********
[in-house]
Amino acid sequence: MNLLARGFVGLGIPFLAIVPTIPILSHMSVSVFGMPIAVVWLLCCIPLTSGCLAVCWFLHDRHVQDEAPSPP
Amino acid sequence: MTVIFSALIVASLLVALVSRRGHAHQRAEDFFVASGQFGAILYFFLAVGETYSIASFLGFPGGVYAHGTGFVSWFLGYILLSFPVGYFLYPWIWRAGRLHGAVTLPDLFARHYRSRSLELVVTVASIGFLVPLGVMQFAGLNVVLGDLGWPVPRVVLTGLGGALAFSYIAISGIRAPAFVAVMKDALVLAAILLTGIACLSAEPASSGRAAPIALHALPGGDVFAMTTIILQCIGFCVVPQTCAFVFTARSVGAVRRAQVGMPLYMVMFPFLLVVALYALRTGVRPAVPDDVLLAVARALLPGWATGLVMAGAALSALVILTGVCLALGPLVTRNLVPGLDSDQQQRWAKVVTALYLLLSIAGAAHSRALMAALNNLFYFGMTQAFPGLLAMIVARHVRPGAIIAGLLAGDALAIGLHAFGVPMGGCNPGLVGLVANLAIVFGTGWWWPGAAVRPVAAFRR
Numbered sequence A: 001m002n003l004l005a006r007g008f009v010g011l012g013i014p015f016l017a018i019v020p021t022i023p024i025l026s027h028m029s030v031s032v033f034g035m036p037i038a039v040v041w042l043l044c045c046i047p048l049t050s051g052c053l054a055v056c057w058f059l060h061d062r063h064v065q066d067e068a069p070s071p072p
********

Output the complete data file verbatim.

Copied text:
[in-house]
Amino acid sequence: MNLLARGFVGLGIPFLAIVPTIPILSHMSVSVFGMPIAVVWLLCCIPLTSGCLAVCWFLHDRHVQDEAPSPP
Amino acid sequence: MTVIFSALIVASLLVALVSRRGHAHQRAEDFFVASGQFGAILYFFLAVGETYSIASFLGFPGGVYAHGTGFVSWFLGYILLSFPVGYFLYPWIWRAGRLHGAVTLPDLFARHYRSRSLELVVTVASIGFLVPLGVMQFAGLNVVLGDLGWPVPRVVLTGLGGALAFSYIAISGIRAPAFVAVMKDALVLAAILLTGIACLSAEPASSGRAAPIALHALPGGDVFAMTTIILQCIGFCVVPQTCAFVFTARSVGAVRRAQVGMPLYMVMFPFLLVVALYALRTGVRPAVPDDVLLAVARALLPGWATGLVMAGAALSALVILTGVCLALGPLVTRNLVPGLDSDQQQRWAKVVTALYLLLSIAGAAHSRALMAALNNLFYFGMTQAFPGLLAMIVARHVRPGAIIAGLLAGDALAIGLHAFGVPMGGCNPGLVGLVANLAIVFGTGWWWPGAAVRPVAAFRR
Numbered sequence A: 001m002n003l004l005a006r007g008f009v010g011l012g013i014p015f016l017a018i019v020p021t022i023p024i025l026s027h028m029s030v031s032v033f034g035m036p037i038a039v040v041w042l043l044c045c046i047p048l049t050s051g052c053l054a055v056c057w058f059l060h061d062r063h064v065q066d067e068a069p070s071p072p